The public spectacle that came to dominate State College of Florida affairs is entering its final phase with Tuesday's development. In agreeing to a departure settlement with college trustees, SCF President Lars Hafner acquiesced to the board's year-long onslaught against his leadership of the school. Finally, one of the region's key institutions and workforce schools can move forward and leave the rancor behind. The healing process between the board of trustees, college faculty and students will be job one for the next president, whoever that might be.
While Hafner's imminent departure -- he has almost a week left to revoke the agreement -- came as expected, the two college trustees who defended his tenure at SCF abruptly resigned at Tuesday's meeting, too. Jennifer Saslaw was one of the trustees who approved Hafner's hiring at then Manatee Community College in 2008, and Joe Miller joined the board a few months after Hafner became president.
Current board Chairman Carlos Beruff became a trustee at the same time as Miller and also has a long history with Hafner. Beruff took the lead role in ousting Hafner for what has been described the college president's questionable judgment on a range of issues, ostensibly including construction project costs for a tennis court and a collegiate charter school.
Whether Hafner received a fair hearing over his ouster or how much politics came into play are now moot points. History shows his tenure got off to a rocky start on several fronts while he also propelled the college's educational opportunities to new heights.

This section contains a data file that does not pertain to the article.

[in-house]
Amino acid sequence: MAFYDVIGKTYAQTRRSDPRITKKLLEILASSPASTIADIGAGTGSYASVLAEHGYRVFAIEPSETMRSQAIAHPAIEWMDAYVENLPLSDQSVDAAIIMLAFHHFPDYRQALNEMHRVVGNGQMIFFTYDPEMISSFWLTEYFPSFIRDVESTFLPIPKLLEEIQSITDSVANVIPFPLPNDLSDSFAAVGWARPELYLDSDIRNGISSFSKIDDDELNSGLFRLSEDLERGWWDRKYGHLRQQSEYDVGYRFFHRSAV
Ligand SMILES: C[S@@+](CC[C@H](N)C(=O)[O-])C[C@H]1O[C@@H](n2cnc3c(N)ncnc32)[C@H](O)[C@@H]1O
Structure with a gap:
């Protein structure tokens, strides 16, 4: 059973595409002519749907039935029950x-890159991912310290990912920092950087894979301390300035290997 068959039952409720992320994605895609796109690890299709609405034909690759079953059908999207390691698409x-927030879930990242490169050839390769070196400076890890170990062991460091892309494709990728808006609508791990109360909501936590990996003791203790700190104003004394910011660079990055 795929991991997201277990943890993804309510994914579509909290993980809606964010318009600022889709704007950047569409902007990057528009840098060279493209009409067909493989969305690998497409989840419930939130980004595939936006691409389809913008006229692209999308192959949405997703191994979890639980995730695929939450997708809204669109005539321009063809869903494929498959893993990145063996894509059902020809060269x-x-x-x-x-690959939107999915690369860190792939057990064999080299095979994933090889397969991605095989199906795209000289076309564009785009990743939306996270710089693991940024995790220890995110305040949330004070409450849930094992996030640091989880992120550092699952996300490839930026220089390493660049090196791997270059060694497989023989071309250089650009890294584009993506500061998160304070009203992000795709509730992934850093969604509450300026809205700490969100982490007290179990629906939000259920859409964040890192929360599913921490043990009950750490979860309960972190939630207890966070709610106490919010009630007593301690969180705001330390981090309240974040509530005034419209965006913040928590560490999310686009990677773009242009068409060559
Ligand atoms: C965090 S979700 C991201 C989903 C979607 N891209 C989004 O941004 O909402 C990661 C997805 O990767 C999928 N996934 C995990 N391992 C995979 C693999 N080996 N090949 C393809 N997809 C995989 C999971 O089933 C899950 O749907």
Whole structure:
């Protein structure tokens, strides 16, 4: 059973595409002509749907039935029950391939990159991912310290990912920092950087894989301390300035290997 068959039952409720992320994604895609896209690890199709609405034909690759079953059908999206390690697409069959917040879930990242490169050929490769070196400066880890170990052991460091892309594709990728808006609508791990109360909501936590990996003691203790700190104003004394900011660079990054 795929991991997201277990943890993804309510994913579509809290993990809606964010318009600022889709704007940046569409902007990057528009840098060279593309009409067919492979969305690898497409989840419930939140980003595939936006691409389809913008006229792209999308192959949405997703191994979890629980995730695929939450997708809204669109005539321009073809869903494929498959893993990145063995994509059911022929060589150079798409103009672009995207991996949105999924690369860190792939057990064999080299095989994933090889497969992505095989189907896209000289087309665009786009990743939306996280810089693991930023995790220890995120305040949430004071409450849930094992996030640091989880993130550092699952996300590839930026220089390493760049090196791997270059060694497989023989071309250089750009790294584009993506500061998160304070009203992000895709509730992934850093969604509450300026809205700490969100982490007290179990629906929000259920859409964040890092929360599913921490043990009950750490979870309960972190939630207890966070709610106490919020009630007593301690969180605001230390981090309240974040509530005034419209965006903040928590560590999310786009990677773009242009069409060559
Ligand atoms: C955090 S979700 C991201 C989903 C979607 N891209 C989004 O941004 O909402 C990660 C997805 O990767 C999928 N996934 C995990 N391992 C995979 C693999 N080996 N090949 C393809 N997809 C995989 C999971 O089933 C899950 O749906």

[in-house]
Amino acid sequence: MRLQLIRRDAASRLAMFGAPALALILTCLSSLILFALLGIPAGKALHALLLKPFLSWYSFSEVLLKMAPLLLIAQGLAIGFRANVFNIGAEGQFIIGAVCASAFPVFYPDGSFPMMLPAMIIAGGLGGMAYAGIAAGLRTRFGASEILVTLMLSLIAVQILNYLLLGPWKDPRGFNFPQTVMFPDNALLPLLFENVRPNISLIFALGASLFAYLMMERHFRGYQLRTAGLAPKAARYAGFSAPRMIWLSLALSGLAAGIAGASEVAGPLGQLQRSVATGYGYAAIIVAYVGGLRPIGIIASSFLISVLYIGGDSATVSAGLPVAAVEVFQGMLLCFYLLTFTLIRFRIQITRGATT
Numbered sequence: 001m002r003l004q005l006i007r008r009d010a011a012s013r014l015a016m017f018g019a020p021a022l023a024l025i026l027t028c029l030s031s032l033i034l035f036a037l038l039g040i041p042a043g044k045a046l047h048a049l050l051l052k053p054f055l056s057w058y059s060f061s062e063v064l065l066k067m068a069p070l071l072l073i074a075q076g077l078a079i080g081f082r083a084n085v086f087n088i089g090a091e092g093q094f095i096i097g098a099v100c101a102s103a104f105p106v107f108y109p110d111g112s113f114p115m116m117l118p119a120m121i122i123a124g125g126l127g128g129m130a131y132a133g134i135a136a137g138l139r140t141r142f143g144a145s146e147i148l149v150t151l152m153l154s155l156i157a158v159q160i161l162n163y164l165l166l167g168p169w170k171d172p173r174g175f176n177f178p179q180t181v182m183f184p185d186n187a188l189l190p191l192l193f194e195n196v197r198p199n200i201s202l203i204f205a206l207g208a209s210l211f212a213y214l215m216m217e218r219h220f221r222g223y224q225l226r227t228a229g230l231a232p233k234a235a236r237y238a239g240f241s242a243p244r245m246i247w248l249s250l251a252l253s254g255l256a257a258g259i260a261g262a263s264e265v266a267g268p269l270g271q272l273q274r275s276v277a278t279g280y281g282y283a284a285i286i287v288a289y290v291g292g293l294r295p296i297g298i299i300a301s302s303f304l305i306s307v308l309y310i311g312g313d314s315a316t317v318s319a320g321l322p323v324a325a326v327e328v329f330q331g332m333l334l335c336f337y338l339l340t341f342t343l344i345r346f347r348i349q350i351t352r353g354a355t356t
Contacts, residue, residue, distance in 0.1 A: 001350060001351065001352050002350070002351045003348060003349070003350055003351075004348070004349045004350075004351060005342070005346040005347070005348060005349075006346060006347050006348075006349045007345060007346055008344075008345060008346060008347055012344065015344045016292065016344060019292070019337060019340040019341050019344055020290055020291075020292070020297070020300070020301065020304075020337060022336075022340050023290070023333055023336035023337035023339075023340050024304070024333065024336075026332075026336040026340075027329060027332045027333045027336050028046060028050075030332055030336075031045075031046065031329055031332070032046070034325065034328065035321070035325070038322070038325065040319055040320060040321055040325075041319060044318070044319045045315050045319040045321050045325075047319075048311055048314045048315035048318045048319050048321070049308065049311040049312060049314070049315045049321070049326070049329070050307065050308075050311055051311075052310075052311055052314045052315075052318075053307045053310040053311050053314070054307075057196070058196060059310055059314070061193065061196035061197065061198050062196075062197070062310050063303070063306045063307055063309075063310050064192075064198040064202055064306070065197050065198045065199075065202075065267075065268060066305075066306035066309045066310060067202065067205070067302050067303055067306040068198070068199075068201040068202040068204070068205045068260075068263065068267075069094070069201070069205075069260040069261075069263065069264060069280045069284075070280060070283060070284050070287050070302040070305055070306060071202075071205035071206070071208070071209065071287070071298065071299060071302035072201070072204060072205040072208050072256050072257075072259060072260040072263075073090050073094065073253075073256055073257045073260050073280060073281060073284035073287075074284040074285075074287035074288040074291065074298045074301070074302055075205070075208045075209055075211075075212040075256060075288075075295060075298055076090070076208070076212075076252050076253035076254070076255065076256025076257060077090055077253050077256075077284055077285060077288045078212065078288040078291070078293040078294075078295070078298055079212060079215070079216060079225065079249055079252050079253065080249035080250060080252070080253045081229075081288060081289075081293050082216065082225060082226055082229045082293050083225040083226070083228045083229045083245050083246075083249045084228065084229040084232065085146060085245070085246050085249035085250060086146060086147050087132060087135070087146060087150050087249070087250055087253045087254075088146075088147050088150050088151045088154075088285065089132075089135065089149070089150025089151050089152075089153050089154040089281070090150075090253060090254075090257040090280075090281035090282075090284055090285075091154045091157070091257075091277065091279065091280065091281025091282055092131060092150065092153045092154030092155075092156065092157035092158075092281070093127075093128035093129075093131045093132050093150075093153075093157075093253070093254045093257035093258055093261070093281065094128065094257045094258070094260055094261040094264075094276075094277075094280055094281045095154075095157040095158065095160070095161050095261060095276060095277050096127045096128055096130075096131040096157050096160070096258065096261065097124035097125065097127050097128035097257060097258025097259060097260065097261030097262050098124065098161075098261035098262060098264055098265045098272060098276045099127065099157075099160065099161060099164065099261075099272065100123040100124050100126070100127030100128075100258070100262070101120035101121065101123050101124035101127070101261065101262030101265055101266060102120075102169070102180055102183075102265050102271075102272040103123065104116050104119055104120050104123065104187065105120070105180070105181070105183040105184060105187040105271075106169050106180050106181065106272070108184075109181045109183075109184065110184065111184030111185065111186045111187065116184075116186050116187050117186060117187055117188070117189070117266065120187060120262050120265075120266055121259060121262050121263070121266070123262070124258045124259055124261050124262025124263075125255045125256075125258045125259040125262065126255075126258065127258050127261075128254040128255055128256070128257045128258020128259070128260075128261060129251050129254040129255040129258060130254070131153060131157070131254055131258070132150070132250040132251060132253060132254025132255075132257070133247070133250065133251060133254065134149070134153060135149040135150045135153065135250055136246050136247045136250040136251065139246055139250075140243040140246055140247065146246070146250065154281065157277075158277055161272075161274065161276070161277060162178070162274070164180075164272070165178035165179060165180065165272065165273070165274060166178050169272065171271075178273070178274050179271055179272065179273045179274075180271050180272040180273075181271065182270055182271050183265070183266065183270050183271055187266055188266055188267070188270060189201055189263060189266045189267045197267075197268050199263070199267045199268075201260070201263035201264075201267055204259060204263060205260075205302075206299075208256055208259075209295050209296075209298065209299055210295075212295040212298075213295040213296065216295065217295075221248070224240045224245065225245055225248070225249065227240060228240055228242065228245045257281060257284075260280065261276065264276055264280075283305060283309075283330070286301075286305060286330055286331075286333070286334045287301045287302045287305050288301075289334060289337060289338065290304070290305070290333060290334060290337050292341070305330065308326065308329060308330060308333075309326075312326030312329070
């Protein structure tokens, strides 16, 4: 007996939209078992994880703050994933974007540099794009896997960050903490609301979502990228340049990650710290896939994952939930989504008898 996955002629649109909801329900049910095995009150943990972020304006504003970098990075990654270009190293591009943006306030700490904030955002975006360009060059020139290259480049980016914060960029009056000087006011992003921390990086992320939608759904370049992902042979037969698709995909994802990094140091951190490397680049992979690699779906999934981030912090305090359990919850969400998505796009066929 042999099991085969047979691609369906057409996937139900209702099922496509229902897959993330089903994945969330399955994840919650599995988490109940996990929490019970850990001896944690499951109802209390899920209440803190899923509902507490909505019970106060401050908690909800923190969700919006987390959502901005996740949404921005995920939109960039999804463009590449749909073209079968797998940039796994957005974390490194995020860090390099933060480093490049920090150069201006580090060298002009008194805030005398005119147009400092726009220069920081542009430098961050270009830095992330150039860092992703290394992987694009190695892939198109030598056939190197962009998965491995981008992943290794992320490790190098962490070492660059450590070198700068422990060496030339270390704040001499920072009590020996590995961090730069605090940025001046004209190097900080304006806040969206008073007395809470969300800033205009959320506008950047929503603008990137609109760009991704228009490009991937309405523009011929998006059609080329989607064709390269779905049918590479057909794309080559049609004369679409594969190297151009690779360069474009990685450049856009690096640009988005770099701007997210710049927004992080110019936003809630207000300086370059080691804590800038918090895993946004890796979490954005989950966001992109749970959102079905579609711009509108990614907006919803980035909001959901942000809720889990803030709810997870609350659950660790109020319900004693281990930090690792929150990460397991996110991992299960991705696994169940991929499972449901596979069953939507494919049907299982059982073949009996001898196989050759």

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One of his first orders of business was to put the college on an aggressive track to expand its mission into four-year baccalaureate programs while retaining its focus on two-year associate degrees. But that move initiated a dispute with the University of South Florida Sarasota-Manatee, a division that still exists to a certain degree.
Only months later, in changing the name of the institution from Manatee Community College to State College of Florida without a conversation with the community, Hafner alienated a significant number of people.
Those two heavy-handed changes created immediate ill will and lingering resentment in parts of the community. At the same time, his development of educational and workforce training programs to serve residents and businesses earned plaudits from other segments of the citizenry.
The past year has been a difficult one for SCF, and we urge the governor to appoint two new trustees whose focus will be on education without a political agenda.
With campuses in Bradenton, Lakewood Ranch and Venice, SCF will continue to play a vital role in the educational and economic development of the region. With the closure of the current controversy, trustees face the challenge of leading a recovery and returning the focus onto students and education. The college's faculty and staff deserve attention, too.
The burden of rebuilding trust and transparency also falls on trustees as the board launches a presidential search. Looking ahead, we wish the next college president the best. The school deserves the best.